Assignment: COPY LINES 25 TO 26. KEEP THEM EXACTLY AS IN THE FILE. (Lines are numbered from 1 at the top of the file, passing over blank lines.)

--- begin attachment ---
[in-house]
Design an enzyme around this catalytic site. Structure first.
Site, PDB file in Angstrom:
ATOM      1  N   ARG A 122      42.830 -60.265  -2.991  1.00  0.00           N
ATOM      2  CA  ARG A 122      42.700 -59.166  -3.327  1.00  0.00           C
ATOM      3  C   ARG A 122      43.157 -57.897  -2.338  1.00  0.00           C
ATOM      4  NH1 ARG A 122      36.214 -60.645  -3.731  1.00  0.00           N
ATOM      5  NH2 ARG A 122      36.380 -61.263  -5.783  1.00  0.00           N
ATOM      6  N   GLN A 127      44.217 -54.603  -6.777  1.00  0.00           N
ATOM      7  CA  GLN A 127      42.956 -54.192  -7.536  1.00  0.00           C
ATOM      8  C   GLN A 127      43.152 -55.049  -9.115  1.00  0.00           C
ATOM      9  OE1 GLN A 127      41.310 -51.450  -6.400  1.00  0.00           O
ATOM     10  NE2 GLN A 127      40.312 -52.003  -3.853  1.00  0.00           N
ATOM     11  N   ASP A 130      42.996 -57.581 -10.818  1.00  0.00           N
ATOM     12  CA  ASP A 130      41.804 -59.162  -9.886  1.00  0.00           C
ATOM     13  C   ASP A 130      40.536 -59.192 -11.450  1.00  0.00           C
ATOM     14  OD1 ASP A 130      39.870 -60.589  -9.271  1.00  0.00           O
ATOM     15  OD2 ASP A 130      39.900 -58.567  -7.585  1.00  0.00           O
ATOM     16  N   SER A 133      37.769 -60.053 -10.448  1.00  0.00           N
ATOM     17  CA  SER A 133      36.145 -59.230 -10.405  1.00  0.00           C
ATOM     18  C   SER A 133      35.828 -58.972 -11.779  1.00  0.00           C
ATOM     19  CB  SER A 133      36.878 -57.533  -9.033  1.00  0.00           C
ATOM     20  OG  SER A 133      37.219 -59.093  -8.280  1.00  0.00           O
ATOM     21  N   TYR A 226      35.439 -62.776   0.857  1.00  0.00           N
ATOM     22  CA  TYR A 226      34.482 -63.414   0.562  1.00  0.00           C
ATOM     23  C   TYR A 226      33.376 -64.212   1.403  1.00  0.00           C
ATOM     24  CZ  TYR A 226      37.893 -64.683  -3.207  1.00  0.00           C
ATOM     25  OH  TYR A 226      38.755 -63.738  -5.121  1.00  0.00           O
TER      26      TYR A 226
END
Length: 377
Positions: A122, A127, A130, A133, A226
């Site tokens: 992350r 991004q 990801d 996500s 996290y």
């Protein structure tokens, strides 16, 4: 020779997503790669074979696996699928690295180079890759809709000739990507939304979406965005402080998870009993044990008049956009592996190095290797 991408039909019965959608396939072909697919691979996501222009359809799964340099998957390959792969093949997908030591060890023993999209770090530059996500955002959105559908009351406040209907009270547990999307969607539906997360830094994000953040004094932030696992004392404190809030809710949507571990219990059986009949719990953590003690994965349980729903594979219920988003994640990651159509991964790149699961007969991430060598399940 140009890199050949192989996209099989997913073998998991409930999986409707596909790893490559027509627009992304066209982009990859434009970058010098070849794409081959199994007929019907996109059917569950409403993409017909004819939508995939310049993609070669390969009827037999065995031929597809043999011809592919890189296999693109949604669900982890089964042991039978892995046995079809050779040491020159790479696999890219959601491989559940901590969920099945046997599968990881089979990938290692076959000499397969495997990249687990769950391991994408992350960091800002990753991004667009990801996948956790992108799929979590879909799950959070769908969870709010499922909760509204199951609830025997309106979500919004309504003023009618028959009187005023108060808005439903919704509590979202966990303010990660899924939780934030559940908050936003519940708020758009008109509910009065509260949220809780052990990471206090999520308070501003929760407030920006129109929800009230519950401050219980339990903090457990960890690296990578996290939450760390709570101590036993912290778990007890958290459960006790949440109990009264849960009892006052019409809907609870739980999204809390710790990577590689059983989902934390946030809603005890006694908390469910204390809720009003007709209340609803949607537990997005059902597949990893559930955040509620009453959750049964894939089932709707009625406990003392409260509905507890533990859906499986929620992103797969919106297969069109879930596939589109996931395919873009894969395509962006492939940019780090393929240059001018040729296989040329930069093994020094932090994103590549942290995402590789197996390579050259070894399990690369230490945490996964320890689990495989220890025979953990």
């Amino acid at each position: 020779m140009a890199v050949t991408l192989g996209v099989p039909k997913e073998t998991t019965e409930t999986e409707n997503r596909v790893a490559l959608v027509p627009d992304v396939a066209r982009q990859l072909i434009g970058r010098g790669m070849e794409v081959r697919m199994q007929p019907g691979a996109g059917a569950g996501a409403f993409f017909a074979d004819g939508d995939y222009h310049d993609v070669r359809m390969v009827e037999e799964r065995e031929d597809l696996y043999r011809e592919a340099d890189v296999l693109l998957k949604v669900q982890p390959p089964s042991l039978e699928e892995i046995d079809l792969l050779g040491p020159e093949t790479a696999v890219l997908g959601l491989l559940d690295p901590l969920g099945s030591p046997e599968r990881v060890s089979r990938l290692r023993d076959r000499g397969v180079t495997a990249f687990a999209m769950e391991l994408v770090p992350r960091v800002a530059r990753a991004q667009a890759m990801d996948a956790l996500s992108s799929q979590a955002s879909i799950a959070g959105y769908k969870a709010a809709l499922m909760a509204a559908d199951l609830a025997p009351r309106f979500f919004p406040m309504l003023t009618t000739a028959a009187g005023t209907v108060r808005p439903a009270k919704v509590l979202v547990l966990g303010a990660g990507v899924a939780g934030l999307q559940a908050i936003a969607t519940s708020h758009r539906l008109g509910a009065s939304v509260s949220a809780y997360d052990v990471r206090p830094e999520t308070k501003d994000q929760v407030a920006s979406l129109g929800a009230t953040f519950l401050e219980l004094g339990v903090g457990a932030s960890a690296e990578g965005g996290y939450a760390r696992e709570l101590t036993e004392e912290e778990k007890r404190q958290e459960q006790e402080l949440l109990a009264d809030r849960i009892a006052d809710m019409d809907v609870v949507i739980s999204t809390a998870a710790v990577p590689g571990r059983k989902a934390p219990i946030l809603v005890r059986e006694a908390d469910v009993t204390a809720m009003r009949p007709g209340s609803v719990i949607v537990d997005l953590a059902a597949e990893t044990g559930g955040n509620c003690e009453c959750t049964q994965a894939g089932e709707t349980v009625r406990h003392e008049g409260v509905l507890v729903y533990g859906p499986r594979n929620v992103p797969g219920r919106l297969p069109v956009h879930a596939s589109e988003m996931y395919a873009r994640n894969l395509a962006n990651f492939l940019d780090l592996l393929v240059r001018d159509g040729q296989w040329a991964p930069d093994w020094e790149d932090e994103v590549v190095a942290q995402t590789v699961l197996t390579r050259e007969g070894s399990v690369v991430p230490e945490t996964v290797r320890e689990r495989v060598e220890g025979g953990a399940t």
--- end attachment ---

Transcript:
ATOM     22  CA  TYR A 226      34.482 -63.414   0.562  1.00  0.00           C
ATOM     23  C   TYR A 226      33.376 -64.212   1.403  1.00  0.00           C